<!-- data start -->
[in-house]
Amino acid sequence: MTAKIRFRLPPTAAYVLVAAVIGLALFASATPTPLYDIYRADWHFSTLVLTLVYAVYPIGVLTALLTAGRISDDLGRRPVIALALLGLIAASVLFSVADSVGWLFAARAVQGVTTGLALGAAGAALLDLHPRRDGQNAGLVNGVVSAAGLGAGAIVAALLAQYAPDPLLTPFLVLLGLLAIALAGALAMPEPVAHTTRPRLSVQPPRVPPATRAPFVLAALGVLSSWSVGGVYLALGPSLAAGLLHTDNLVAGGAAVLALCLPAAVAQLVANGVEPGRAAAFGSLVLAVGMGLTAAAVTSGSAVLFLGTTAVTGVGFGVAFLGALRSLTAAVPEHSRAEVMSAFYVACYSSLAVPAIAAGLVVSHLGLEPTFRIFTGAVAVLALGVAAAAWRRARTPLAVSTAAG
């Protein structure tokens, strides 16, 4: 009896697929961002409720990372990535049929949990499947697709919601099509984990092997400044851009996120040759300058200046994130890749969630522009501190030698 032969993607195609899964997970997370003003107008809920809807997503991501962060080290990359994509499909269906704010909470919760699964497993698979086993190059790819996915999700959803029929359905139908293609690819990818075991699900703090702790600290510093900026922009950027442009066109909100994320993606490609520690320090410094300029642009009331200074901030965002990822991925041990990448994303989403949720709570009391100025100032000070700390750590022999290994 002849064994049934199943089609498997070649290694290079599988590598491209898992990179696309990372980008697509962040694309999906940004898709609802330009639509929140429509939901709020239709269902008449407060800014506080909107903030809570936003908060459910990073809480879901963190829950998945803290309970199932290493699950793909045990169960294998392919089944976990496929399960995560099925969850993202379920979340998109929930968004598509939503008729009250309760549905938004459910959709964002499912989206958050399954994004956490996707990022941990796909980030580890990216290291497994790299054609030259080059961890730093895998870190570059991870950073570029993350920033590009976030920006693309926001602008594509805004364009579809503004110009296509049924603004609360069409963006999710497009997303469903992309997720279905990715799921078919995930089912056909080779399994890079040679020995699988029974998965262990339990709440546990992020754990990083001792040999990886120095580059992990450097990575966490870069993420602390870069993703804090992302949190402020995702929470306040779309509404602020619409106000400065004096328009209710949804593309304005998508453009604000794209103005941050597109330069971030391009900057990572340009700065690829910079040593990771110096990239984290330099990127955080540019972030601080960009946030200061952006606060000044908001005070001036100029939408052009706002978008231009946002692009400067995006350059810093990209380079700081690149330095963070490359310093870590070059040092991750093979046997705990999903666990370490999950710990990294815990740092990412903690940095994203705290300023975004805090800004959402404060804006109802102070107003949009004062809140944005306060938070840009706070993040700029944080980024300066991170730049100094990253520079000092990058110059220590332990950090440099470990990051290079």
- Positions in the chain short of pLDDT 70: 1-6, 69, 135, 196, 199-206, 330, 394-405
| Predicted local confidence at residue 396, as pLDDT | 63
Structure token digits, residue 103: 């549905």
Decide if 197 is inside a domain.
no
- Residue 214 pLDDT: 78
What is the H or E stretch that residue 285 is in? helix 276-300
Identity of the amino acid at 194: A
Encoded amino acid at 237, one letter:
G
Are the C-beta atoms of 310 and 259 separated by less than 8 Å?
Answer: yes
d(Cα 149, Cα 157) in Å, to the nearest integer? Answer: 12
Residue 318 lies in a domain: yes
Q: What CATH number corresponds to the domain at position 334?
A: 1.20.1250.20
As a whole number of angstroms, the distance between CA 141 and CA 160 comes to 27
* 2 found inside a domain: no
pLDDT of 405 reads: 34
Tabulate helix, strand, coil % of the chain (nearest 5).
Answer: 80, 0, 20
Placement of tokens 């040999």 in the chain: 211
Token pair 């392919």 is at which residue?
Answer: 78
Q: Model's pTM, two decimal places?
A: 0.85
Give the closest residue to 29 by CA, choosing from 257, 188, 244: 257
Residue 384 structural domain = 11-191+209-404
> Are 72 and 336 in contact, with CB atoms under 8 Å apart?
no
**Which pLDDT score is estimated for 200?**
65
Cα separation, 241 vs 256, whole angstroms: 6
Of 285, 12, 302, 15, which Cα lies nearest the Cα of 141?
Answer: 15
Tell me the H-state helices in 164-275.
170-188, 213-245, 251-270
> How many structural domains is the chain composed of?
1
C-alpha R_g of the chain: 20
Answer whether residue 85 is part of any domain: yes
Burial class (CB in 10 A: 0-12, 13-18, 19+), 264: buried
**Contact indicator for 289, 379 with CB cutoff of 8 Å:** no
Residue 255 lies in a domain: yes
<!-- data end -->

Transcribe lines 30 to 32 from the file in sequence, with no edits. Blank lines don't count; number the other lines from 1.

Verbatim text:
Give the closest residue to 29 by CA, choosing from 257, 188, 244: 257
Residue 384 structural domain = 11-191+209-404
> Are 72 and 336 in contact, with CB atoms under 8 Å apart?